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ERIC Number: ED564062
Record Type: Non-Journal
Publication Date: 2013
Pages: 11
Abstractor: ERIC
Reference Count: 7
The Use of Argumentation in Science Education to Promote the Development of Science Proficiency: A Comparative Case Study
Enderle, Patrick; Grooms, Jonathon; Sampson, Victor
Society for Research on Educational Effectiveness
Science proficiency refers to the knowledge and skills that individuals need to have in order to function effectively in an increasingly complex, information-driven society. The Argument-Driven Inquiry (ADI) instructional model is one strategy designed to foster the development of four key aspects of scientific proficiency. Classroom activities structured according to the ADI model engage students in designing data collection and analysis procedures, argument generation, group argumentation, scientific writing, and double blind peer review processes. This study explores students' development of science proficiency over the course of an academic year in two different high schools. The students at both high schools were enrolled in the same Biology course; however, the nature of the laboratory instruction in these two contexts was rather different. The objective of this study, as a result, was to document what the students in these two contexts learned in order to examine how the nature of laboratory instruction can hinder or foster the development of science proficiency over time. This research setting involved the high school biology course at a university research school (School A) and a neighboring public high school in the same county (School B). The authors conducted a comparative case study to examine what students learned from their laboratory experiences at the two different schools. They administered four different assessments at the beginning and end of the school year in order to document how students' performance on each assessment changed over time. Their goal for examining how student performance on each assessment changed was not to determine which group of students learned more; rather it was to examine what these students learned in each instructional context. Results suggest that ADI laboratories may have a positive impact on the development of science proficiency in the context of high school biology. Tables and figures are appended.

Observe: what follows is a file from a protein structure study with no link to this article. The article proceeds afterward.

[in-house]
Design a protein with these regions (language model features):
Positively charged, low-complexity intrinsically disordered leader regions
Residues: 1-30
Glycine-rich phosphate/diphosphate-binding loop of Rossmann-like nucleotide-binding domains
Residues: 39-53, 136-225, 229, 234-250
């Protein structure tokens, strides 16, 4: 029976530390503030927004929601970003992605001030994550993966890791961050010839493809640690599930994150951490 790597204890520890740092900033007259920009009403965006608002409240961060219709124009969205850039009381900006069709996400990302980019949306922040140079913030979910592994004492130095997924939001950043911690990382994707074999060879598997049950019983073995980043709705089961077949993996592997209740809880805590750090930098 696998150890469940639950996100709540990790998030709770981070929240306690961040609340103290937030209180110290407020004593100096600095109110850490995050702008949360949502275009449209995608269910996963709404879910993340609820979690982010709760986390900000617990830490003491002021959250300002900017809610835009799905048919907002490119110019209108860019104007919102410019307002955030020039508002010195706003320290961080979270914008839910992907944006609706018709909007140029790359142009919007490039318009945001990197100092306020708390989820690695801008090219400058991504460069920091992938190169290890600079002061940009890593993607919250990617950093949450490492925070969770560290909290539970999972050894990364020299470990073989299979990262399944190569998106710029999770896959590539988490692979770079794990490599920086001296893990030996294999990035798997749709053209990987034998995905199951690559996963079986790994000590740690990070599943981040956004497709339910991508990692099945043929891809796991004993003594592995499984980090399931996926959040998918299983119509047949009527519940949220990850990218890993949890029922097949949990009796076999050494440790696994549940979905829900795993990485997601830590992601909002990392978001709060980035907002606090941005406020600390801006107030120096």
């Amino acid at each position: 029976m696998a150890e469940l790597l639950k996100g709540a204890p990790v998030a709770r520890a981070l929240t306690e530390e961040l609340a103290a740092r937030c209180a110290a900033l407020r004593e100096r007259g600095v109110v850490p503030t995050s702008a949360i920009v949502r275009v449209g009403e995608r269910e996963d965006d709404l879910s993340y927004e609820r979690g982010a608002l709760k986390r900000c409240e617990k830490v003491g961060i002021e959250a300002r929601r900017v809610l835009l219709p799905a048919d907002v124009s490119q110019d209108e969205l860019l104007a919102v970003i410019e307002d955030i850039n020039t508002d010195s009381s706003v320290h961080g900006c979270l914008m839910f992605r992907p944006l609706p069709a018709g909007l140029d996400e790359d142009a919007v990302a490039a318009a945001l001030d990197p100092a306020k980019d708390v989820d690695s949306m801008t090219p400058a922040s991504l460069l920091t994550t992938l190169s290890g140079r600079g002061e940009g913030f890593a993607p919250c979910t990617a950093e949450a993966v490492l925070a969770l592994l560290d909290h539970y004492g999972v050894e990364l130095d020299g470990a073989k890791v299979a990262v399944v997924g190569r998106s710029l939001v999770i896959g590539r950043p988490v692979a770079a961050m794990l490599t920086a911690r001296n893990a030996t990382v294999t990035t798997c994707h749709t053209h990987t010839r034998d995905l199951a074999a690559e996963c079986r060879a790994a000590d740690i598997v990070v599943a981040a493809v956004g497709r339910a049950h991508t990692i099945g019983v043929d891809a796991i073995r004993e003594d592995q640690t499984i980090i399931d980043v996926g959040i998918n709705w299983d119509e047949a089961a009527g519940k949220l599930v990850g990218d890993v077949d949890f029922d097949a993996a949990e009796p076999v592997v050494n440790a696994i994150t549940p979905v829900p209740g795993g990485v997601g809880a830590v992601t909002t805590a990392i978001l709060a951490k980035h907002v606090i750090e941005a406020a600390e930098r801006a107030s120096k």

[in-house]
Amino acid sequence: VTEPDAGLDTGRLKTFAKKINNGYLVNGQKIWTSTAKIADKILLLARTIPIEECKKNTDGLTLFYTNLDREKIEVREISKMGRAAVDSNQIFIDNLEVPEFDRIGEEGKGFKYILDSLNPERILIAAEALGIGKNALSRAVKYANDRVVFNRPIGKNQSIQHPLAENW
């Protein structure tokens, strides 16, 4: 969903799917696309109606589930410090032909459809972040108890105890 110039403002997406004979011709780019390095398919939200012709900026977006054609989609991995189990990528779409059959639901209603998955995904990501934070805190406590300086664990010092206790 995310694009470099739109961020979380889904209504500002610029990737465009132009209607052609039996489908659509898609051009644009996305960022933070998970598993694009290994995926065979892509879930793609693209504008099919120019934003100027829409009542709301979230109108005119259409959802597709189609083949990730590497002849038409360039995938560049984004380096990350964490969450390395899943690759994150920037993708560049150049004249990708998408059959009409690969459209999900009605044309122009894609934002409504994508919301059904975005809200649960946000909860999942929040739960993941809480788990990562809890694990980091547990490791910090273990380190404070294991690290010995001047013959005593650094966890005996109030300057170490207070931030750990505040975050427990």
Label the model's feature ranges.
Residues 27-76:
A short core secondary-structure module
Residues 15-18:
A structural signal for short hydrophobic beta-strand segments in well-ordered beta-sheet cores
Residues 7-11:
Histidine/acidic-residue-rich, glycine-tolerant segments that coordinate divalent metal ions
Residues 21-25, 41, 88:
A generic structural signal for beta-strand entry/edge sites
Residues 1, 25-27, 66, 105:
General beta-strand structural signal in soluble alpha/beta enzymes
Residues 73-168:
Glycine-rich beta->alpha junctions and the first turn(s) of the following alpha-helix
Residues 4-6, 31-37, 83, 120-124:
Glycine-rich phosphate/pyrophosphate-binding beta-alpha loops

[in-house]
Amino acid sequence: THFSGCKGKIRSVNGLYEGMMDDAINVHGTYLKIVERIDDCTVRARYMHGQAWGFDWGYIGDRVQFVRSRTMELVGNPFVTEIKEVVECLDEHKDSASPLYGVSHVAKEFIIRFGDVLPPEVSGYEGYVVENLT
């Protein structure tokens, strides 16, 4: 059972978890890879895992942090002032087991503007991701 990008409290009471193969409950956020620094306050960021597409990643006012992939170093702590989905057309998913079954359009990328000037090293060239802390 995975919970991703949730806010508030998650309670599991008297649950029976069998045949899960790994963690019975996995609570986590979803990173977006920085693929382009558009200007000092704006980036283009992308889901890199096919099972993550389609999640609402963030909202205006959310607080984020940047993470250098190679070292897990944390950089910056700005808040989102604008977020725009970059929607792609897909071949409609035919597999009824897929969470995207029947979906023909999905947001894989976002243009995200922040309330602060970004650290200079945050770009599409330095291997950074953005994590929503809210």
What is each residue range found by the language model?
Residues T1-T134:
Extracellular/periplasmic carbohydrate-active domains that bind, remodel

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Publication Type: Reports - Research
Education Level: High Schools; Secondary Education
Audience: N/A
Language: English
Sponsor: N/A
Authoring Institution: Society for Research on Educational Effectiveness (SREE)